18. Aruz Mowta’a
Translation: bride and groom come back
The bride and groom come back to the bride’s family house to have lunch with close family and friends from the community. There isn’t really a specific day that this happens, but is usually a few days after the main wedding day,
19. Gufta Mowgad
Translation: tying the hair
To represent the woman’s married status, the elders from both the bride and groom side get together to tie the bride’s hair in a specific cultural style. The hair is divided into two through the middle and is tied into two balls, low on the head next to the ears. This is usually done in the evening. Some cultural chants are also recited here.
An incense is also lit and placed under the chair of the bride to make her body smell nice for her husband.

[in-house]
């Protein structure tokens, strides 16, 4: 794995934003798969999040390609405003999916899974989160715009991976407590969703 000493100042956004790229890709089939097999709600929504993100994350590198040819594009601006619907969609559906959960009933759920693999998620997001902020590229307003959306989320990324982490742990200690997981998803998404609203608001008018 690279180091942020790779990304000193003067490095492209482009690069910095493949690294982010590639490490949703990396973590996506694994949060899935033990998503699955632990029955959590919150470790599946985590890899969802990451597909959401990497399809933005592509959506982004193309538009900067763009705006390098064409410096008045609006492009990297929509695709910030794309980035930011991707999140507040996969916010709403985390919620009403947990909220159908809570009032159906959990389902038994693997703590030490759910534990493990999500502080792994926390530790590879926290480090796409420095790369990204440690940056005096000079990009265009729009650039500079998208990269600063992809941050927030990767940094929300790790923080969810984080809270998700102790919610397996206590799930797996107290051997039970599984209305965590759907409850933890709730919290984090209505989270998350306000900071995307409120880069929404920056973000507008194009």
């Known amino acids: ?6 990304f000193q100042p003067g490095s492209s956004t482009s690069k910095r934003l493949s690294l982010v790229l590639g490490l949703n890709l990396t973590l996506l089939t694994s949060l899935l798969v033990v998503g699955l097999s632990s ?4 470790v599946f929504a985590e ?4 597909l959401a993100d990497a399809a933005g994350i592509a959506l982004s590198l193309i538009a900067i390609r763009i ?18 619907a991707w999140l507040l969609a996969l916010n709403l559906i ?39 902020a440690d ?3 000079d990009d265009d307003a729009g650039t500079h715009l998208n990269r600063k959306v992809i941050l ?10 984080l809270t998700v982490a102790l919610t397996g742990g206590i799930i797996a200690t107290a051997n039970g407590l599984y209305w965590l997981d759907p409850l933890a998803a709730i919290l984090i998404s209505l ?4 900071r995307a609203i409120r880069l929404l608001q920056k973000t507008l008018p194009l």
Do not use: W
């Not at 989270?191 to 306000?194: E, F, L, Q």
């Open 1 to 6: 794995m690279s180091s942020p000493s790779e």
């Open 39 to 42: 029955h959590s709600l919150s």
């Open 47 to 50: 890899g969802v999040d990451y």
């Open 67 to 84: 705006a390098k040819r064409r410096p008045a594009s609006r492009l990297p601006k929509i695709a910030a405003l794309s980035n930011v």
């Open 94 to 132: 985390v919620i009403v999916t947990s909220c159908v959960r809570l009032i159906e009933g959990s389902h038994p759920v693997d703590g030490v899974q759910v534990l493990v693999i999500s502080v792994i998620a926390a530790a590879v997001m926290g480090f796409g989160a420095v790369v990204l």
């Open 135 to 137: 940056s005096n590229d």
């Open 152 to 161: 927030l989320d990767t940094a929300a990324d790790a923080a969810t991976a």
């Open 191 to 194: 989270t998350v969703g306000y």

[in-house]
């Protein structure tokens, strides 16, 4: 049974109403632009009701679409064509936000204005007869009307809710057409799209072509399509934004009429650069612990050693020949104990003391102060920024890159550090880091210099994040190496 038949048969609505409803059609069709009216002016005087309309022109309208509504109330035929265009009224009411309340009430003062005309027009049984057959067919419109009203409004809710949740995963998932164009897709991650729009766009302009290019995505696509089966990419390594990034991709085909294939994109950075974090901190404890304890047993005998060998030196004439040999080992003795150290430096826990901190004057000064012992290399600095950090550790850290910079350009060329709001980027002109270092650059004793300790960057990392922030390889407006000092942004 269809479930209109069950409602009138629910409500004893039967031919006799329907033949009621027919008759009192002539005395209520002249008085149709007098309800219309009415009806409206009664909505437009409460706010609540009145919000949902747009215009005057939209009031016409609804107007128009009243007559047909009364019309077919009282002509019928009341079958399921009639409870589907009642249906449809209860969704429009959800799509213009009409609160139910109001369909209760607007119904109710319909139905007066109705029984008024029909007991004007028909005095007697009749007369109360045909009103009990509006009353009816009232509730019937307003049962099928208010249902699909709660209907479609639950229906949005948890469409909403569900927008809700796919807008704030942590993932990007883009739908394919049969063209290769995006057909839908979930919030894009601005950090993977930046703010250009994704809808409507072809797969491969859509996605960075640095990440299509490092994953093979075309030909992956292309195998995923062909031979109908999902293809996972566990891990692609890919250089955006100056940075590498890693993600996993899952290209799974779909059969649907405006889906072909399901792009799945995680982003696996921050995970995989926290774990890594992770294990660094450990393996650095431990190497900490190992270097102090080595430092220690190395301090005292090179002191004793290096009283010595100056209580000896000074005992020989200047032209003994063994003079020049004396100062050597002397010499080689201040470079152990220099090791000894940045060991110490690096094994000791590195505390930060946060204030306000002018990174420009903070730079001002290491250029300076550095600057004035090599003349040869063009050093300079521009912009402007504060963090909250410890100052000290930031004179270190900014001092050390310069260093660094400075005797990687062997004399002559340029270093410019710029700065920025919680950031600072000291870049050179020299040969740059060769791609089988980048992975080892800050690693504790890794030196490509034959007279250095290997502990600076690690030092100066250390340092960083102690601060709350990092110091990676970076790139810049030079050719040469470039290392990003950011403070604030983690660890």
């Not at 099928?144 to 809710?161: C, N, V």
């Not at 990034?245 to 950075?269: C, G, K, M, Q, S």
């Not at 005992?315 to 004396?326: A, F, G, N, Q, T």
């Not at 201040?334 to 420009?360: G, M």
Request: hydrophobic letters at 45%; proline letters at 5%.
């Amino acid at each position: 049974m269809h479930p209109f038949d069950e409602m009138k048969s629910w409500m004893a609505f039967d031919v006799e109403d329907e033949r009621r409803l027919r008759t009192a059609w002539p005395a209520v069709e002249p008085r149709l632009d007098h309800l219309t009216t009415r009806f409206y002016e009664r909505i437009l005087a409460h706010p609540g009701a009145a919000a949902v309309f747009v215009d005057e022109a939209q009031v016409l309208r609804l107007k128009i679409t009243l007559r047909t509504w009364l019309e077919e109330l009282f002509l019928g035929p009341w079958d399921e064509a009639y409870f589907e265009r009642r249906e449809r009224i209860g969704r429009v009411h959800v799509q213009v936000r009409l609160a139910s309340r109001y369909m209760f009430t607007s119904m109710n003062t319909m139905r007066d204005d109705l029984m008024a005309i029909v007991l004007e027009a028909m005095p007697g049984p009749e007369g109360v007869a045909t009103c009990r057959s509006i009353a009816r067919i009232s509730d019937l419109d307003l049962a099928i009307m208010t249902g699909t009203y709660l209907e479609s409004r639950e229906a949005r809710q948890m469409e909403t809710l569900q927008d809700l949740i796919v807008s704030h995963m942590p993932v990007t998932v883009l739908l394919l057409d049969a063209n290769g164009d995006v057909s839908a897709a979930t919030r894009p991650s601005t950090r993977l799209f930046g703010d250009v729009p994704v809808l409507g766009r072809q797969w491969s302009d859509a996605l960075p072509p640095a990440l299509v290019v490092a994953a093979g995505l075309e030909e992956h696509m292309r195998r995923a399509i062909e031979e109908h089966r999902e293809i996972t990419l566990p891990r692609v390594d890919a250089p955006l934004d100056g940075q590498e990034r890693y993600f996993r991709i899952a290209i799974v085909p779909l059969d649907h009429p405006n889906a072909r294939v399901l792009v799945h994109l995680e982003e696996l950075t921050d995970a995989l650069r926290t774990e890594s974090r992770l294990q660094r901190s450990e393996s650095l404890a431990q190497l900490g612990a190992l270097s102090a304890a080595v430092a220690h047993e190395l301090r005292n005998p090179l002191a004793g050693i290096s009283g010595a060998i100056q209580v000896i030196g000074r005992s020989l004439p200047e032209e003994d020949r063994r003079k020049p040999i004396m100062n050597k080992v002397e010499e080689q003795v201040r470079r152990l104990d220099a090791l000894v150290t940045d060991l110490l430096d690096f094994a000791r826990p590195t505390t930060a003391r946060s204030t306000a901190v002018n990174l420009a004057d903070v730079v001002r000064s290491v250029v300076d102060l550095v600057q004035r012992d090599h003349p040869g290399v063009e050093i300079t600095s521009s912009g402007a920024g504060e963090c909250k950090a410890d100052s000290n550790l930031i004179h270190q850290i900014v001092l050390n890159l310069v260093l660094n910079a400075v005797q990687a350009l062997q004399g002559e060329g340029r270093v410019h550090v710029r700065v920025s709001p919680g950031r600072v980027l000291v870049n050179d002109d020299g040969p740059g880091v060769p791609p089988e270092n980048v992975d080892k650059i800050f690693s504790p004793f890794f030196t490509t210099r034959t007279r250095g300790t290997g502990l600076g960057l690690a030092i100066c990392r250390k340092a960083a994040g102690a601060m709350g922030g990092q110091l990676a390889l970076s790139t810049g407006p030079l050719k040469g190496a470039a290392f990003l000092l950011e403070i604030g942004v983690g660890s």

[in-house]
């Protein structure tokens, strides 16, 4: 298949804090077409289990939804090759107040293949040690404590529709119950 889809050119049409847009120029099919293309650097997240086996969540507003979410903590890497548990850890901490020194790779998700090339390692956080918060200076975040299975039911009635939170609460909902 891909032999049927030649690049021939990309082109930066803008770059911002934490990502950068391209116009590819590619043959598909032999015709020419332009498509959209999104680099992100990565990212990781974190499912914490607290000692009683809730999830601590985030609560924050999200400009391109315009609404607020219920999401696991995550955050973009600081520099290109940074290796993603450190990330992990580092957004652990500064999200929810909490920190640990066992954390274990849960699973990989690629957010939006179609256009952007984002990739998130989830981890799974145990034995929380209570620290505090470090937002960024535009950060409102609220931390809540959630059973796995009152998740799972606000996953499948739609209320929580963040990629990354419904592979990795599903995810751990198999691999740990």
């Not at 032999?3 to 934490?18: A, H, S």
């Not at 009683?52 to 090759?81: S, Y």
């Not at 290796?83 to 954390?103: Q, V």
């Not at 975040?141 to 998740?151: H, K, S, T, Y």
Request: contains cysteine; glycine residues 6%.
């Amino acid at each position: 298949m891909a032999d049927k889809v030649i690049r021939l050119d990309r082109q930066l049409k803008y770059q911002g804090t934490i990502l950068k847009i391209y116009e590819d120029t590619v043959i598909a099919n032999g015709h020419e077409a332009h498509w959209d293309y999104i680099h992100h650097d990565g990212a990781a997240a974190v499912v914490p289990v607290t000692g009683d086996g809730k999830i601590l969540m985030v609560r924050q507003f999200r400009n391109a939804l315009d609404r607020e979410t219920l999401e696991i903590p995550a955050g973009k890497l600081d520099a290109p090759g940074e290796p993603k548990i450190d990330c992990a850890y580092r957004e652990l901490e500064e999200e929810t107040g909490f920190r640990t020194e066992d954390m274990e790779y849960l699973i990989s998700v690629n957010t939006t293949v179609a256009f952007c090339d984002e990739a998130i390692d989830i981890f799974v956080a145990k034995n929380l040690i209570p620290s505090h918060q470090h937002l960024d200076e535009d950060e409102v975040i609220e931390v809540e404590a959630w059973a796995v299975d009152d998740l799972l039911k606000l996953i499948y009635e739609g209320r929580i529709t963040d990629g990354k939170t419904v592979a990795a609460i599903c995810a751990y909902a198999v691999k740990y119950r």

The FINAL event!
The bridal party get together and have dinner at the groom’s family house. This is meant for the families to get to know each other, and to close the wedding celebrations.
As you can see, there’s a LOT that goes on for a wedding. It is especially heavy on the bride’s side, an issue that used to plague families with many females. I must admit, even as a guest, I was tired by event number 3. BUT, overall, it was an eye-opener and definitely a great cultural experience. I hope I get to experience another wedding in Ethiopia soon.
– A Y –